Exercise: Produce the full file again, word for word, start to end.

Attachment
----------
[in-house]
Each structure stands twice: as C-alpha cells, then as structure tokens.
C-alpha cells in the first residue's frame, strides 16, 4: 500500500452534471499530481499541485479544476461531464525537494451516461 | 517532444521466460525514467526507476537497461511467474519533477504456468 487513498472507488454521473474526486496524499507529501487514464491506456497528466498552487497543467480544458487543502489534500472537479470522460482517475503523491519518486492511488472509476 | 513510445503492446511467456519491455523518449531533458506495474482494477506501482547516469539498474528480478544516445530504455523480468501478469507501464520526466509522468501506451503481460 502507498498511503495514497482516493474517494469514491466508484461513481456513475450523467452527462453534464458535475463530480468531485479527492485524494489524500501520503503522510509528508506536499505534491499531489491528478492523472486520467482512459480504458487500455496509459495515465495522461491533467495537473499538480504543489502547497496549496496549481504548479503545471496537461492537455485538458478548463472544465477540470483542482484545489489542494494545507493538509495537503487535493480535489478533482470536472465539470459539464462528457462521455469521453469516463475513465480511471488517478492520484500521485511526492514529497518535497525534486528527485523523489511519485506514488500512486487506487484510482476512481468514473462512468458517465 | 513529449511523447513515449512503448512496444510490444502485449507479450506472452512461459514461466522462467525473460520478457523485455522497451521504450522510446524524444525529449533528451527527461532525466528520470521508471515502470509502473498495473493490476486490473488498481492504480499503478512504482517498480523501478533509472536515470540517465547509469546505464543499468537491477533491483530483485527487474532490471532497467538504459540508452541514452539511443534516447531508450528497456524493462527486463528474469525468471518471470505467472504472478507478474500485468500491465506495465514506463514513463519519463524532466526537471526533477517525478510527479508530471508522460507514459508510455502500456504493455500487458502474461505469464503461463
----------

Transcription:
[in-house]
Each structure stands twice: as C-alpha cells, then as structure tokens.
C-alpha cells in the first residue's frame, strides 16, 4: 500500500452534471499530481499541485479544476461531464525537494451516461 | 517532444521466460525514467526507476537497461511467474519533477504456468 487513498472507488454521473474526486496524499507529501487514464491506456497528466498552487497543467480544458487543502489534500472537479470522460482517475503523491519518486492511488472509476 | 513510445503492446511467456519491455523518449531533458506495474482494477506501482547516469539498474528480478544516445530504455523480468501478469507501464520526466509522468501506451503481460 502507498498511503495514497482516493474517494469514491466508484461513481456513475450523467452527462453534464458535475463530480468531485479527492485524494489524500501520503503522510509528508506536499505534491499531489491528478492523472486520467482512459480504458487500455496509459495515465495522461491533467495537473499538480504543489502547497496549496496549481504548479503545471496537461492537455485538458478548463472544465477540470483542482484545489489542494494545507493538509495537503487535493480535489478533482470536472465539470459539464462528457462521455469521453469516463475513465480511471488517478492520484500521485511526492514529497518535497525534486528527485523523489511519485506514488500512486487506487484510482476512481468514473462512468458517465 | 513529449511523447513515449512503448512496444510490444502485449507479450506472452512461459514461466522462467525473460520478457523485455522497451521504450522510446524524444525529449533528451527527461532525466528520470521508471515502470509502473498495473493490476486490473488498481492504480499503478512504482517498480523501478533509472536515470540517465547509469546505464543499468537491477533491483530483485527487474532490471532497467538504459540508452541514452539511443534516447531508450528497456524493462527486463528474469525468471518471470505467472504472478507478474500485468500491465506495465514506463514513463519519463524532466526537471526533477517525478510527479508530471508522460507514459508510455502500456504493455500487458502474461505469464503461463